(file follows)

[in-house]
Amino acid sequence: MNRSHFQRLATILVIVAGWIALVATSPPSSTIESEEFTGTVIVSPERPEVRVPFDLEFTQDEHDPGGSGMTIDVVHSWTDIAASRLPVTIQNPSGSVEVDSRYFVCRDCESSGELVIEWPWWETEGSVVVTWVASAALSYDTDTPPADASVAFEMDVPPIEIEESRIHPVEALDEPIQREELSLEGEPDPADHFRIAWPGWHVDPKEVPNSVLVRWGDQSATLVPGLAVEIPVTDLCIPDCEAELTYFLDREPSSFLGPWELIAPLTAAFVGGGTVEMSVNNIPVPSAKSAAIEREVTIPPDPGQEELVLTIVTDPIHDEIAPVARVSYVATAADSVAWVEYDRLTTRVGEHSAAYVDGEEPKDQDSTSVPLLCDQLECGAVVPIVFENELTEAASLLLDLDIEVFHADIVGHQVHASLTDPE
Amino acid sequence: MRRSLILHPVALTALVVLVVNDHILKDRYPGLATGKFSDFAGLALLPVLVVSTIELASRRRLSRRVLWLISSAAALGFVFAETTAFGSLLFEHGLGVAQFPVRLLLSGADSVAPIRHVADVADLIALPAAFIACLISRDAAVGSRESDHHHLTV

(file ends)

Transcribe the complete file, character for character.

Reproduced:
[in-house]
Amino acid sequence: MNRSHFQRLATILVIVAGWIALVATSPPSSTIESEEFTGTVIVSPERPEVRVPFDLEFTQDEHDPGGSGMTIDVVHSWTDIAASRLPVTIQNPSGSVEVDSRYFVCRDCESSGELVIEWPWWETEGSVVVTWVASAALSYDTDTPPADASVAFEMDVPPIEIEESRIHPVEALDEPIQREELSLEGEPDPADHFRIAWPGWHVDPKEVPNSVLVRWGDQSATLVPGLAVEIPVTDLCIPDCEAELTYFLDREPSSFLGPWELIAPLTAAFVGGGTVEMSVNNIPVPSAKSAAIEREVTIPPDPGQEELVLTIVTDPIHDEIAPVARVSYVATAADSVAWVEYDRLTTRVGEHSAAYVDGEEPKDQDSTSVPLLCDQLECGAVVPIVFENELTEAASLLLDLDIEVFHADIVGHQVHASLTDPE
Amino acid sequence: MRRSLILHPVALTALVVLVVNDHILKDRYPGLATGKFSDFAGLALLPVLVVSTIELASRRRLSRRVLWLISSAAALGFVFAETTAFGSLLFEHGLGVAQFPVRLLLSGADSVAPIRHVADVADLIALPAAFIACLISRDAAVGSRESDHHHLTV